Challenges related to rising temperature and farm labour, changing rainfall in a dominantly rainfed system as well as increased frequency of occurrence of extreme weather events have either been partly addressed or totally neglected in the Climate Smart Agriculture (CSA) discourse.
This was the submission of Prof Chinedum Nwajiuba of the Imo State University, Owerri in a presentation at the sidelines of the ongoing 21st Session of the Conference of the Parties (COP21) to the United Nations Framework Convention on Climate Change (UNFCCC) holding in Paris, France.
Prof Nwajiuba, who is also of the Nigeria Environmental Study/Action Team (NEST) in Ibadan, Oyo State, listed the CSA Framework to include productivity, resilience and mitigation. According to him, climate change has today compounded old and new problems like low productivity, rapidly increasing population, ageing farming population, rapid urbanisation, reliance on human labour, and rainfed systems.
The CSA is defined as agricultural practices that sustainably increase productivity and system resilience while reducing greenhouse gas emissions. CSA, according to scientists, helps ensure that climate change adaptation and mitigation are directly incorporated into agricultural development planning and investment strategies. Indeed, CSA is being widely promoted as the future of African agriculture and as a viable answer to climate change.
However, under challenge of rising temperature and farm labour, the don believes that farm mechanisation should be adopted, with it (mechanisation) powered in a manner to minimise emissions.
“This will raise productivity, and may be considered simultaneously an adaptation and mitigation. Measure,” he stated, pointing out that successful experience with this may be out-scaled, supported by building the capacity of public and private extension services.
To address challenge of changing rainfall in a dominantly rainfed system, Prof Nwajiuba stressed that, in addition to breeding for drought resistance and shortening of growing seasons of crops and sturdiness of livestock, there is need to develop irrigation schemes suited to various locations and conditions.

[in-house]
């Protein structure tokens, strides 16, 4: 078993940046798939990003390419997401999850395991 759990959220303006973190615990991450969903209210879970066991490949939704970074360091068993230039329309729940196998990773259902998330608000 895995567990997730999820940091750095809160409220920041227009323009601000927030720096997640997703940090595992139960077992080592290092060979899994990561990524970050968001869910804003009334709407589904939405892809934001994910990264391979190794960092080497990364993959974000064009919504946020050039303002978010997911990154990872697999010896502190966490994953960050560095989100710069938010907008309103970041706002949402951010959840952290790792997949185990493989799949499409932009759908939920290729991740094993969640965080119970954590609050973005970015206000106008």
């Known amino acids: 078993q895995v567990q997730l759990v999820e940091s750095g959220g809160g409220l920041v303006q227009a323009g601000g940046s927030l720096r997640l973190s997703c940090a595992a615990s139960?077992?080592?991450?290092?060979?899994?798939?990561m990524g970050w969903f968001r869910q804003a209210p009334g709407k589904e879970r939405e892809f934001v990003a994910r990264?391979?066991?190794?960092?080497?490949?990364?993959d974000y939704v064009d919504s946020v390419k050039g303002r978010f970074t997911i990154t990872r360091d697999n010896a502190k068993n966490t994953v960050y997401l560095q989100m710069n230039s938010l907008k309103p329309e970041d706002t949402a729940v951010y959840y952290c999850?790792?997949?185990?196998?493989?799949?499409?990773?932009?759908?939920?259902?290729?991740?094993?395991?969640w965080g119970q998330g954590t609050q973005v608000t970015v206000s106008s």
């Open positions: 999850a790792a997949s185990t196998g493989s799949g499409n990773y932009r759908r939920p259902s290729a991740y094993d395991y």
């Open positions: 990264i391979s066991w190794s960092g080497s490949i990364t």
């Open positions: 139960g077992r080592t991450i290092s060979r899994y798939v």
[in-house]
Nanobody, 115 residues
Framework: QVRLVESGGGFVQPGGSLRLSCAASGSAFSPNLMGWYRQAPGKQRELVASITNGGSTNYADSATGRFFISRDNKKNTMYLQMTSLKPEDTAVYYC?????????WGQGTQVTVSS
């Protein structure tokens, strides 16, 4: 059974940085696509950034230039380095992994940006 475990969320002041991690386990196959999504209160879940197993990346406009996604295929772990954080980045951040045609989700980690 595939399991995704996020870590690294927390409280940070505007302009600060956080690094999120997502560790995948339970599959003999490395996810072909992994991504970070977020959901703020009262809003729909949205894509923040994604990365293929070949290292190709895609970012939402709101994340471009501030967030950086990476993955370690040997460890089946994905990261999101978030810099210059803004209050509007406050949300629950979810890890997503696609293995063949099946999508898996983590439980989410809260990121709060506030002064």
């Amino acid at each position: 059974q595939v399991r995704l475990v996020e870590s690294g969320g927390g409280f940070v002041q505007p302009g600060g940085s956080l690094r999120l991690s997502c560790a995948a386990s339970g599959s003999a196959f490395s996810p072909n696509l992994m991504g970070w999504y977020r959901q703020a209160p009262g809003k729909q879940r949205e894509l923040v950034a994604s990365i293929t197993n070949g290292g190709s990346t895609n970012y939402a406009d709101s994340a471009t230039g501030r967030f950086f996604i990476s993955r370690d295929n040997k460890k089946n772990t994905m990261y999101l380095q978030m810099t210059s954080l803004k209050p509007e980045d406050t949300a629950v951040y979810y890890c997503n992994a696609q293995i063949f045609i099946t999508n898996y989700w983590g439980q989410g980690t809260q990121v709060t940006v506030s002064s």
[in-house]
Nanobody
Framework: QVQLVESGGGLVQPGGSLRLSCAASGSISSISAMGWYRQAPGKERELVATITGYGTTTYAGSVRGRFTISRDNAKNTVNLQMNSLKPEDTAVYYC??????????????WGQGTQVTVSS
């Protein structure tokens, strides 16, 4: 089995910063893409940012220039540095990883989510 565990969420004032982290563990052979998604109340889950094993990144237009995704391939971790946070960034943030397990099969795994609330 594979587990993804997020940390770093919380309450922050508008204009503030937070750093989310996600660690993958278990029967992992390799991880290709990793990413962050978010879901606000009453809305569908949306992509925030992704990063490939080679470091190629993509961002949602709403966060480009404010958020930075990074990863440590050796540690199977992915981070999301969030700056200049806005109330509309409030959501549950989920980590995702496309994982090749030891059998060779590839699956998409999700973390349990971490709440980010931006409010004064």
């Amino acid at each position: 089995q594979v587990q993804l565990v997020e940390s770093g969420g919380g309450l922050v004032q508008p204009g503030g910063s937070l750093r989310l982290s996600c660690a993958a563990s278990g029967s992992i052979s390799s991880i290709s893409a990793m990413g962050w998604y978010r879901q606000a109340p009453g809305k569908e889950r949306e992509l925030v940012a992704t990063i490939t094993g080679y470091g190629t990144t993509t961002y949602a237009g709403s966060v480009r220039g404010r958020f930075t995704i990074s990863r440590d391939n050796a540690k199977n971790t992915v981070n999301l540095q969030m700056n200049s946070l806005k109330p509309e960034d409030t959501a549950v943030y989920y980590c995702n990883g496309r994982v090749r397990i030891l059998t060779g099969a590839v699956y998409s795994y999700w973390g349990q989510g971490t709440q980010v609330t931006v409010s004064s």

“This will raise productivity, and may be considered an adaptation measure. This should be of interest to research, policy, and investment. This should be supported by building the capacity of public and private Extension services,” he declared.
On increased frequency of occurrence of extreme weather events, he emphasised that innovative early warning systems and information provisions are required.
He stressed that farmers’ insurance schemes should further be out-scaled based on experiences and lessons from places where that is already in practice. He added that this would raise productivity, and may be considered an adaptation measure.
Prof Nwajiuba identified slash and burn land management as major sources of farmers’ emissions, adding that they are practices farmers are reluctant to stop because recommended alternatives make additional labour demand.
Additionally, he listed successful CSA practices to include:
- Nitrogen fertilisers (eg urea), Integrated nutrient mgmt. (eg microdosing, efficient fertiliser use)
- Reduced residue burning, Reduced tillage/no till
- Green manures (reduced fallows), Fertiliser trees (e.g., Faidherbia)
- Conservation agriculture (mulch, no till), Conservation Agriculture with fertiliser trees
- Grain, livestock, and fertiliser tree integration
- Genetics, Improved crop varieties (breeding and engineering)
- Water use, Water pumps for irrigation (petrol), Irrigation techniques (amount, timing, technology)
- Micro-catchment (eg zai, microbasin, Terracing)
- Rainwater catchment, storage, Delivery eg farm pond)
- Livestock, Rotational Grazing, Improved breeding, Stocking density management (e.g., herd size/land area), Improved feed management (higher feed quality), Manure management (barn design)
- Information technology, Planting date recommendation, Sentinel warning system (droughts, pests)